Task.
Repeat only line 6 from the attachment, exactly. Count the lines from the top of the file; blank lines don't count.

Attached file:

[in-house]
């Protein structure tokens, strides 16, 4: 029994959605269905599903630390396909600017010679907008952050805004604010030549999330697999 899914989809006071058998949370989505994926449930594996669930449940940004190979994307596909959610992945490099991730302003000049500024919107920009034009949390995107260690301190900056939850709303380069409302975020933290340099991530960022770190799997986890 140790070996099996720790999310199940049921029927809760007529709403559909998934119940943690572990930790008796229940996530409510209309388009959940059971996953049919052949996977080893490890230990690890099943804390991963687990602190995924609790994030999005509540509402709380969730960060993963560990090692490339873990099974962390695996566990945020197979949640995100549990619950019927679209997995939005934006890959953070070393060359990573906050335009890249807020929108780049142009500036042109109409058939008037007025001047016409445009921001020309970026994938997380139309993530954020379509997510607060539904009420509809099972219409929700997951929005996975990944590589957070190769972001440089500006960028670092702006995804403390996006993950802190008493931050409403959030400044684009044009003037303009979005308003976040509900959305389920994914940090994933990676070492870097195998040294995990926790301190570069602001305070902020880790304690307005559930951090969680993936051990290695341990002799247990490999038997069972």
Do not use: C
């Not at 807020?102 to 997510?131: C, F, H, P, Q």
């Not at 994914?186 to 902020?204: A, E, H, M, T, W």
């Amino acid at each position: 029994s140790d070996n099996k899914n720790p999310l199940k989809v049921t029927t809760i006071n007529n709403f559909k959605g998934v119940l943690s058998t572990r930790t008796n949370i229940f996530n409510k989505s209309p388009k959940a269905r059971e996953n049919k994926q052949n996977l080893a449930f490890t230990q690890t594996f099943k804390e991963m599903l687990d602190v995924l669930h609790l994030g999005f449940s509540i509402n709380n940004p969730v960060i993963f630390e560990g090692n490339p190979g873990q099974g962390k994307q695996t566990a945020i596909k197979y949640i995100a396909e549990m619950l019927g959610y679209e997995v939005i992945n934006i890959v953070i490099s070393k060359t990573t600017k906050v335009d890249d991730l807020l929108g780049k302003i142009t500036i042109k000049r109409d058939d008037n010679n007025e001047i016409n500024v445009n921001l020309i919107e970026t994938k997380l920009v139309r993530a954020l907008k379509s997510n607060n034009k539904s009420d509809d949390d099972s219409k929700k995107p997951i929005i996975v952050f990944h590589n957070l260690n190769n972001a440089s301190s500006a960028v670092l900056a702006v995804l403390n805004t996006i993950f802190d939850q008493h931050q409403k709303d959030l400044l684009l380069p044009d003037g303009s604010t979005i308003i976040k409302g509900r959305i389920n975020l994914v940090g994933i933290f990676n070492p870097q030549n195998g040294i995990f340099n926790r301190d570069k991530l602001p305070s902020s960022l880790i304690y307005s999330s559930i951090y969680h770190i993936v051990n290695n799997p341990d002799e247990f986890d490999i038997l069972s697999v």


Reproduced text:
């Amino acid at each position: 029994s140790d070996n099996k899914n720790p999310l199940k989809v049921t029927t809760i006071n007529n709403f559909k959605g998934v119940l943690s058998t572990r930790t008796n949370i229940f996530n409510k989505s209309p388009k959940a269905r059971e996953n049919k994926q052949n996977l080893a449930f490890t230990q690890t594996f099943k804390e991963m599903l687990d602190v995924l669930h609790l994030g999005f449940s509540i509402n709380n940004p969730v960060i993963f630390e560990g090692n490339p190979g873990q099974g962390k994307q695996t566990a945020i596909k197979y949640i995100a396909e549990m619950l019927g959610y679209e997995v939005i992945n934006i890959v953070i490099s070393k060359t990573t600017k906050v335009d890249d991730l807020l929108g780049k302003i142009t500036i042109k000049r109409d058939d008037n010679n007025e001047i016409n500024v445009n921001l020309i919107e970026t994938k997380l920009v139309r993530a954020l907008k379509s997510n607060n034009k539904s009420d509809d949390d099972s219409k929700k995107p997951i929005i996975v952050f990944h590589n957070l260690n190769n972001a440089s301190s500006a960028v670092l900056a702006v995804l403390n805004t996006i993950f802190d939850q008493h931050q409403k709303d959030l400044l684009l380069p044009d003037g303009s604010t979005i308003i976040k409302g509900r959305i389920n975020l994914v940090g994933i933290f990676n070492p870097q030549n195998g040294i995990f340099n926790r301190d570069k991530l602001p305070s902020s960022l880790i304690y307005s999330s559930i951090y969680h770190i993936v051990n290695n799997p341990d002799e247990f986890d490999i038997l069972s697999v």